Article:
The refresh rate of a screen is the number of times per second that the picture is "drawn" on it. In theory, a higher refresh rate should equal a better quality picture because it cuts down on blurriness. A 120Hz display decreases the appearance of "film judder" or blurring that might be noticeable to some on a 60Hz screen. Improvements beyond a 120Hz refresh rate are unnoticeable.

Comparison chart

120hz versus 60hz comparison chart
Edit this comparison chart120hz60hz
  • current rating is 4/5
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  • current rating is 2.5/5
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Picture Quality Smoother than 60Hz. Works well with TV and film. Quality may decrease if wrong settings are used (e.g., deinterlacing effects on non-interlaced, digital TV). Less smooth than 120Hz, prone to "film judder" and blurriness. TV footage more likely to appear smooth than film due to frame rate differences.
Price Varies by TV size. Slightly more expensive than 60Hz, but likely worth it. Varies by TV size. Slightly less expensive than 120Hz.

Picture Quality

Many factors determine a TV's picture quality, including the type of TV—LCD or plasma, LED or OLED—its refresh rate, and the video or film that is displayed.

Frame Rate and Refresh Rate

What Is Frame Rate?

Frame rate is how often a video source can deliver a frame of visual data to a screen for display. The frame rate is a property of the video source, not the display screen. Videos are often recorded at 24fps (frames per second) or 30 fps. In the U.S., the standard frame rate for broadcasts (NTSC) is set to 30fps, but if you were to view a video at this speed, it would seem jerky and slow. This is where refresh rate becomes important.

What Is Refresh Rate?

Refresh rate is a property of a display, such as a TV screen or computer monitor. It is measured in hertz and determines how often a frame's visual information is displayed on a screen.

To make sluggish, if standard, frame rates seem smoother, screens "refresh" a frame more frequently by creating a duplicate of some images or creating a pseudo-transition with motion blur effects. This gives the appearance of a higher frame rate when there actually isn't one. For example, if you have a 30fps video source, a 60Hz TV will display each frame two times a second. Thirty frames per second work nicely with 60Hz because 60 is divisible by 30.

Frame Rate Difficulties

Film can complicate matters, as it is typically shot at 24fps. This means that a TV with a 60Hz refresh rate cannot evenly distribute frames, and that film which goes to video broadcast at 30 frames per second will not look the same as it did in the cinema. TVs can use an interlacing process known as 3:2 pulldown to improve smoothness; however, this is an imperfect process, and more perceptive viewers may notice film judder, flickering, or "tearing" effects.

An example of film tearing.
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An example of film tearing.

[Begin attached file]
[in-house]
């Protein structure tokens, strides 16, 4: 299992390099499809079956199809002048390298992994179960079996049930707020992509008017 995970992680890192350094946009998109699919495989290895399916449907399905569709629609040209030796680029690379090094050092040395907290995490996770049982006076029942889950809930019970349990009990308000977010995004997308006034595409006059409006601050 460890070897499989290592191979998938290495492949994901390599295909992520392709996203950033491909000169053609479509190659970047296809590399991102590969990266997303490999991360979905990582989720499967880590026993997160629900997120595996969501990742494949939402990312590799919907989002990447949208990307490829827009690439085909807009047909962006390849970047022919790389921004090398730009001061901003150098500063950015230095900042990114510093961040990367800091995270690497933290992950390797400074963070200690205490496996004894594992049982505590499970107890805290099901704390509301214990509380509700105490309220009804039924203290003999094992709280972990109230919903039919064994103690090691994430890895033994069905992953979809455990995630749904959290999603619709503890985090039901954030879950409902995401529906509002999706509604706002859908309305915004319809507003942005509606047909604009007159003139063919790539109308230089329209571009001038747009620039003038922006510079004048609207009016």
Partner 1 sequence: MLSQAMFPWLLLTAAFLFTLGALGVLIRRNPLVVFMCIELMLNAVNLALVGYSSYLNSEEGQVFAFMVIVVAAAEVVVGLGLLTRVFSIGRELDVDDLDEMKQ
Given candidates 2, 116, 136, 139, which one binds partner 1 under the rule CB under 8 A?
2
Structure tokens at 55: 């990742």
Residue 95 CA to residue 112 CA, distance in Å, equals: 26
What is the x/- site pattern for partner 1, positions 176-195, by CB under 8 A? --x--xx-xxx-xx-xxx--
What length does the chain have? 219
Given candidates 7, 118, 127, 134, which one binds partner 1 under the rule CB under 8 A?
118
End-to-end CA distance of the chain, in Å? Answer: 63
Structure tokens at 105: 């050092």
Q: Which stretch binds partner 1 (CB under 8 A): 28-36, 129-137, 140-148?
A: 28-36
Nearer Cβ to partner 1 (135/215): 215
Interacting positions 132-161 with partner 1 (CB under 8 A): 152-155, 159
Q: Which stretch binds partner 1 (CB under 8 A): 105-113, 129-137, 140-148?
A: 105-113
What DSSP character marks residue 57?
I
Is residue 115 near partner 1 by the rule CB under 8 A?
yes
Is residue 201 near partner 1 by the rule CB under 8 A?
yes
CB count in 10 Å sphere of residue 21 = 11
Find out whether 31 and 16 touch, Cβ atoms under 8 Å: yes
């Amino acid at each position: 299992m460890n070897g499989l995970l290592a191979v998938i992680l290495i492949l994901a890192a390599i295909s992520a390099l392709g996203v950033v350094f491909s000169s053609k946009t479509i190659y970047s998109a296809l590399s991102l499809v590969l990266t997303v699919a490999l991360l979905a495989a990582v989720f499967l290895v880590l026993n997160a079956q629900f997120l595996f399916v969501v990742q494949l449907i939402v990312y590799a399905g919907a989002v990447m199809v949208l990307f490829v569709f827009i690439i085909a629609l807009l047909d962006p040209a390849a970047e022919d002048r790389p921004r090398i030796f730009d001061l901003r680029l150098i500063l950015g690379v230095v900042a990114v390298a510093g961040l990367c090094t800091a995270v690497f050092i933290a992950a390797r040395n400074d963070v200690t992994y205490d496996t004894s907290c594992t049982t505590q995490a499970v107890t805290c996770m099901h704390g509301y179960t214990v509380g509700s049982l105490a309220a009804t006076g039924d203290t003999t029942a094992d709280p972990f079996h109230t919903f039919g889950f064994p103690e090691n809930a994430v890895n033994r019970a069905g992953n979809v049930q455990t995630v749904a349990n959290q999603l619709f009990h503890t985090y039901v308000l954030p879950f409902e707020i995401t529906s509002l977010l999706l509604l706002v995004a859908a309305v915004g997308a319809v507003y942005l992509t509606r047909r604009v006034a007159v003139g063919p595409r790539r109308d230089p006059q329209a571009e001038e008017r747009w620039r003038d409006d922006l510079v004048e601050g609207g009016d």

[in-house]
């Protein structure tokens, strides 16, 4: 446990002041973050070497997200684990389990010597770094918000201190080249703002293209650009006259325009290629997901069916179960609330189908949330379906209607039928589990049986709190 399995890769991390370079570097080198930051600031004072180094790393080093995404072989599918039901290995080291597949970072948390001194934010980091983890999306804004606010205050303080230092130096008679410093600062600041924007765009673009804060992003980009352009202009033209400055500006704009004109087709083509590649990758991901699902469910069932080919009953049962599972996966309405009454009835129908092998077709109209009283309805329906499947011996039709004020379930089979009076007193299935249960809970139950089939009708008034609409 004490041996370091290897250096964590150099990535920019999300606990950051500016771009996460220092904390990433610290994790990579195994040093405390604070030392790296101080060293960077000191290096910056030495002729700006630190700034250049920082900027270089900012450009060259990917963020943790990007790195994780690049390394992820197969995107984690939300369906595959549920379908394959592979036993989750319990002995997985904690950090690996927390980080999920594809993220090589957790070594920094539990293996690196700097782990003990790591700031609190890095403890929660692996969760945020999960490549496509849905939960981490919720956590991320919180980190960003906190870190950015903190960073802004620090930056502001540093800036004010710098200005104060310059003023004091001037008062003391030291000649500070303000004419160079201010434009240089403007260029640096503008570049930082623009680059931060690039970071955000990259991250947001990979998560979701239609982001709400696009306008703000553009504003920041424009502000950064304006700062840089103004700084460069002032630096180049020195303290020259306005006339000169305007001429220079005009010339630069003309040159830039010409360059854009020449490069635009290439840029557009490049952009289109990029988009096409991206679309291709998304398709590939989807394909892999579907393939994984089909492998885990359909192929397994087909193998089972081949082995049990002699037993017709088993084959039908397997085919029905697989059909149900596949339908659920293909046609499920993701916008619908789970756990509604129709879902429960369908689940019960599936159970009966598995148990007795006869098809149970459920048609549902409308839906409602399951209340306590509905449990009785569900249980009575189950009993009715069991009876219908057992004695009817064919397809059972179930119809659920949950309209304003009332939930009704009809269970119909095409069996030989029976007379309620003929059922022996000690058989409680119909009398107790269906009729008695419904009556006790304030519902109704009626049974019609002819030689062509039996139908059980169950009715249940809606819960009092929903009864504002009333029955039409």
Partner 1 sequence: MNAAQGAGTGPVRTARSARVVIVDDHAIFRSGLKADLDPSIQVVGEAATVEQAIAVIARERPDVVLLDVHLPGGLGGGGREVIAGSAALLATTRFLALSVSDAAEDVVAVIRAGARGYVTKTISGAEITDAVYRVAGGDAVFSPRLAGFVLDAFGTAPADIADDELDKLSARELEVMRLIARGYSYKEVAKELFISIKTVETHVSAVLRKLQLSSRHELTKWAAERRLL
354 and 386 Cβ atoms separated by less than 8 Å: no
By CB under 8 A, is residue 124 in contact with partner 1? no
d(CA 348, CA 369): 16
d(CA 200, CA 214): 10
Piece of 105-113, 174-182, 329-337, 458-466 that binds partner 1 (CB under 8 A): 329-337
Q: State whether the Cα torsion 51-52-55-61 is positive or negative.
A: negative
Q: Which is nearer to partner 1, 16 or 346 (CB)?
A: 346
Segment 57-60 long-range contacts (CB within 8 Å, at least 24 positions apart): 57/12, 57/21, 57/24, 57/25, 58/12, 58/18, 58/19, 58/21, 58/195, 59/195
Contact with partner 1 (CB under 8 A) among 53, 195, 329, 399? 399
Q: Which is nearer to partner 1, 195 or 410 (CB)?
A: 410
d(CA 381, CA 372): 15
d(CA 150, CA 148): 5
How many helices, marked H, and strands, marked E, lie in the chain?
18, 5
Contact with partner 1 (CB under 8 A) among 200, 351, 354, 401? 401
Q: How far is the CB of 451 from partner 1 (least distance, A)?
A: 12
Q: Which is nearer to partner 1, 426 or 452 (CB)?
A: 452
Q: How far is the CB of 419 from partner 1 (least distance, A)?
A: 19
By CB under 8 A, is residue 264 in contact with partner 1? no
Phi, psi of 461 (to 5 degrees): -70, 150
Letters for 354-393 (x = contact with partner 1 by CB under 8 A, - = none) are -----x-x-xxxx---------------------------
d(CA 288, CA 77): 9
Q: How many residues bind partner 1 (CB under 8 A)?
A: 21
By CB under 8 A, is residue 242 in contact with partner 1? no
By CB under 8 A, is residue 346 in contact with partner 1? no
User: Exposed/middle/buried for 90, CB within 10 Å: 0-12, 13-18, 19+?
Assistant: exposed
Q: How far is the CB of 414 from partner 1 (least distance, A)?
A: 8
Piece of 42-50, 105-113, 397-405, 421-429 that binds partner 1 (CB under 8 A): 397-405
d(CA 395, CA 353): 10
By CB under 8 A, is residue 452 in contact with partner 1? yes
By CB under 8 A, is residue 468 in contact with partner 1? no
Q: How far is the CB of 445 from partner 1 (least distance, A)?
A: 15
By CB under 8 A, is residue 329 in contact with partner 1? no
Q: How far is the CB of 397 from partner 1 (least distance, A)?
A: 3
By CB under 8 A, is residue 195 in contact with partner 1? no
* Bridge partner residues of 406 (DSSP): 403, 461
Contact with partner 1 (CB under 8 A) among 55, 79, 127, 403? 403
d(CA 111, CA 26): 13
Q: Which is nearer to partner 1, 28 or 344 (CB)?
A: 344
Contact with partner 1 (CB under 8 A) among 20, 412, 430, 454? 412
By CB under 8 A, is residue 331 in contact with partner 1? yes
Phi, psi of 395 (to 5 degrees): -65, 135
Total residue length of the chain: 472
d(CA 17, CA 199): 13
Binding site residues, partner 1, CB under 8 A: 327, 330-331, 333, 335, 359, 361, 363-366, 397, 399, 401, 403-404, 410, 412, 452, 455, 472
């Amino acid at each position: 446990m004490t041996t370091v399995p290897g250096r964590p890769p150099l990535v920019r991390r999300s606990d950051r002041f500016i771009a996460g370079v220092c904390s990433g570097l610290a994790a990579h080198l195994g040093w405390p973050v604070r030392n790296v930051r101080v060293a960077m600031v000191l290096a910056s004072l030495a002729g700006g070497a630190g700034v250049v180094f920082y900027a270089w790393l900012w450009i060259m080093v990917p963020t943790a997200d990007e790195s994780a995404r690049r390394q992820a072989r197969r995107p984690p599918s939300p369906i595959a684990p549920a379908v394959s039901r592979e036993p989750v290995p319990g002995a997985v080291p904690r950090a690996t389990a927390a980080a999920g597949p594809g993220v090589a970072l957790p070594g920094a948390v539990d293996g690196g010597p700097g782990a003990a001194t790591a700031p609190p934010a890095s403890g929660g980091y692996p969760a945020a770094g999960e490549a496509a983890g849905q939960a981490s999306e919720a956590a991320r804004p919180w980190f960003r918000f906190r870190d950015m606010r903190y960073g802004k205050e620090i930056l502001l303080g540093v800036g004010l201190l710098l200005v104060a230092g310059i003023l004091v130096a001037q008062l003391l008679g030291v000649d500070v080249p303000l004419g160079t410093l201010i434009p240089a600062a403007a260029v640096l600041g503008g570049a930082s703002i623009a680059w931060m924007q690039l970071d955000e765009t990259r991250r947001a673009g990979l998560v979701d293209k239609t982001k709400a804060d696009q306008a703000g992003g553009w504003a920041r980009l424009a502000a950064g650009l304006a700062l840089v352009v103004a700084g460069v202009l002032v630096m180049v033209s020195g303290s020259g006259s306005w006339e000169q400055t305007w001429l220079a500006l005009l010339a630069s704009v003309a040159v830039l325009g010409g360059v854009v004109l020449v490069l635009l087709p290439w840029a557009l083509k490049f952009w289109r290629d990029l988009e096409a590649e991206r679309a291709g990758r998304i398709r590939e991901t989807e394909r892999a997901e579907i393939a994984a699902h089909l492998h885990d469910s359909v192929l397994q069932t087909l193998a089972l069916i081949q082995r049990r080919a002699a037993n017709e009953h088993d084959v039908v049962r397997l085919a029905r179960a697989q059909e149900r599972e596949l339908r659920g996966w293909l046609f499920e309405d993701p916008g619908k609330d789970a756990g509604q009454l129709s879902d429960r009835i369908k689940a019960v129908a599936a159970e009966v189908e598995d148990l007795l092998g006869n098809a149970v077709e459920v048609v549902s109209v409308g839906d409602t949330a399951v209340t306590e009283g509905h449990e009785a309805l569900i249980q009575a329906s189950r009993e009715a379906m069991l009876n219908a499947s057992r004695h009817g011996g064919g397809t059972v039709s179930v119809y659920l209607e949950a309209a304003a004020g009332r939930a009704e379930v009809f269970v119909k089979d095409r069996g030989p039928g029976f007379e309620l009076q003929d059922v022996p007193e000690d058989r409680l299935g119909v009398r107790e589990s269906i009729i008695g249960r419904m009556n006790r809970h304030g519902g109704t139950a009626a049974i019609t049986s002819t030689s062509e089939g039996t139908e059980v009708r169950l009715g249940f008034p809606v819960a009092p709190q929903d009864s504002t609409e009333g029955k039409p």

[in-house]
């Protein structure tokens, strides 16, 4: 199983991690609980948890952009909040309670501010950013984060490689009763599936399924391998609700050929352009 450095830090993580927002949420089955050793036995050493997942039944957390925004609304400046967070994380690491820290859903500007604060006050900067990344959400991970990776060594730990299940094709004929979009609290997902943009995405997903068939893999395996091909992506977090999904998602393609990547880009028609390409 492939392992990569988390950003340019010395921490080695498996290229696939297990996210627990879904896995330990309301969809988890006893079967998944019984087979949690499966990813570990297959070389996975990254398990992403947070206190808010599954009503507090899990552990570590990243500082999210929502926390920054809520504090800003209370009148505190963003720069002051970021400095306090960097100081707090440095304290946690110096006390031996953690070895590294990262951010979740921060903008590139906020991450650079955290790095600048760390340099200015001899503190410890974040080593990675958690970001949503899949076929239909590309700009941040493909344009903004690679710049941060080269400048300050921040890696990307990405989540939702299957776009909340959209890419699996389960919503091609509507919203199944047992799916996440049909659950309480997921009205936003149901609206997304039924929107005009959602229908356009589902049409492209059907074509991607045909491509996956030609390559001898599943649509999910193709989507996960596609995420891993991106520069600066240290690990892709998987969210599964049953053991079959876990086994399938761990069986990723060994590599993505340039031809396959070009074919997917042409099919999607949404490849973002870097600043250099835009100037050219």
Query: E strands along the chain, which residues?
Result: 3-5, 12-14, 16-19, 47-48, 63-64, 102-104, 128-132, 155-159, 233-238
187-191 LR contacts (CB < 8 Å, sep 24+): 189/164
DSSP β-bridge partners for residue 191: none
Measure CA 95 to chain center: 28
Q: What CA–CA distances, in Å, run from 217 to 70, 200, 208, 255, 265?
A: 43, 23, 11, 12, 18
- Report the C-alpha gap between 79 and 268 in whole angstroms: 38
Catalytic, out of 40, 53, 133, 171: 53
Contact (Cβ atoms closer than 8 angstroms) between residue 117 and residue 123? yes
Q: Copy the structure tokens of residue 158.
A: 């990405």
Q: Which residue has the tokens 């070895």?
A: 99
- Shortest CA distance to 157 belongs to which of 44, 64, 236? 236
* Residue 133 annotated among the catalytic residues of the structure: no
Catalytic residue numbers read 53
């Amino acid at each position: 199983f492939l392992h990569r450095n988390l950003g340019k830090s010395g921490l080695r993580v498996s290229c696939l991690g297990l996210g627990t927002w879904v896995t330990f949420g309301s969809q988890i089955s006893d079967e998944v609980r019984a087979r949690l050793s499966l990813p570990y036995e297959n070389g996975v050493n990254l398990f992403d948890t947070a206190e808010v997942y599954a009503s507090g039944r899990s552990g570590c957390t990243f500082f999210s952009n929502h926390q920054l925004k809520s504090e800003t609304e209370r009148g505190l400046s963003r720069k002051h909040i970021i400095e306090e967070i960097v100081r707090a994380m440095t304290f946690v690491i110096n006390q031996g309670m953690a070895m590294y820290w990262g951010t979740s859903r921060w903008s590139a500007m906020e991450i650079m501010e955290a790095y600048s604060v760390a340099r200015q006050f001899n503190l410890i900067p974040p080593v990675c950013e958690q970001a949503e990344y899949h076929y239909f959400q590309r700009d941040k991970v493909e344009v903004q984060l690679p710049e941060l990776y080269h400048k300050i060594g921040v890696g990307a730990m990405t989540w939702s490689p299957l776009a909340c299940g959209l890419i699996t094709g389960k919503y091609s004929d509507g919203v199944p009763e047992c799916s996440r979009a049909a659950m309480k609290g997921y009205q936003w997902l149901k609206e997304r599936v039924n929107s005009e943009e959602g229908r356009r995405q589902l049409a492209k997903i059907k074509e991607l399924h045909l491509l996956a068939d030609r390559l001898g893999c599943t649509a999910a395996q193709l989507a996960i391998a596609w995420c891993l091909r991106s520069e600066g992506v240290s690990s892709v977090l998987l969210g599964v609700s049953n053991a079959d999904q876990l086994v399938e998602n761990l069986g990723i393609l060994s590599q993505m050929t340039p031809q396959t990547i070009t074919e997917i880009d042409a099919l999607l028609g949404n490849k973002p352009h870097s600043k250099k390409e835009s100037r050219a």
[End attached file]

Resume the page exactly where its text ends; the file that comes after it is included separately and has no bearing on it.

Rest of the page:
In contrast, a TV with a refresh rate of 120Hz does not have to do anything special to display video or film, as 120 is divisible by both 24 and 30. This means that, in general, 120Hz will result in a smoother viewing experience.

The following video further discusses the main differences between 60Hz and 120Hz TVs.

Higher Frame Rates

Sporting events are often filmed at a higher frame rate per second than film or regular video, and some films, like Hobbit, are now filmed at higher frame rates, too. Filming at a higher frame rate removes some of the need for motion blurring, which means that smoothness of the video should look better on all modern TVs. However, some viewers will find the realness ironically fake looking after years of viewing video at lower frame rates per second.

To see how how a higher frame rate changes a viewing experience watch the video below.

Interlacing and Deinterlacing

An example of combing, which occurs when a modern, progressive scan TV uses a poor deinterlacing effect on interlaced footage.
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An example of combing, which occurs when a modern, progressive scan TV uses a poor deinterlacing effect on interlaced footage.

Modern high-definition TVs, like LCDs and plasmas, use something called progressive scanning, which makes for inherently smoother imagery than older TVs were capable of producing. However, not all video footage is made for progressive scanning; many videos or films are broadcasted in interlaced form. To accommodate this, modern TVs employ a technique known as deinterlacing, which converts old interlaced footage to a non-interlaced (progressive) form. (See also 1080i and 1080p.)

Visual defects, such as combing, can occur when deinterlacing is used on footage that is not interlaced in the first place. If you're picky, you may often need to change your TV's settings to accommodate the range of footage it may come into contact with.

Pricing Differences

All modern TVs offer refresh rates of 120Hz or higher, but 60Hz TVs are still around and may be two to three hundred dollars cheaper, depending on TV size.

Some manufacturers now say they offer refresh rates of 240Hz or higher—usually for a much higher price—but in late 2013, CNET reported that this is often just clever marketing, and that a number of 240Hz TVs actually have a refresh rate of 120Hz (or lower), only with added smoothing effects. In any case, refresh rates higher than 120Hz probably do not add any obvious value outside of some decrease in motion blurring.

References

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"60Hz vs 120Hz Screen." Diffen.com. Diffen LLC, n.d. Web. 3 Dec 2016. < >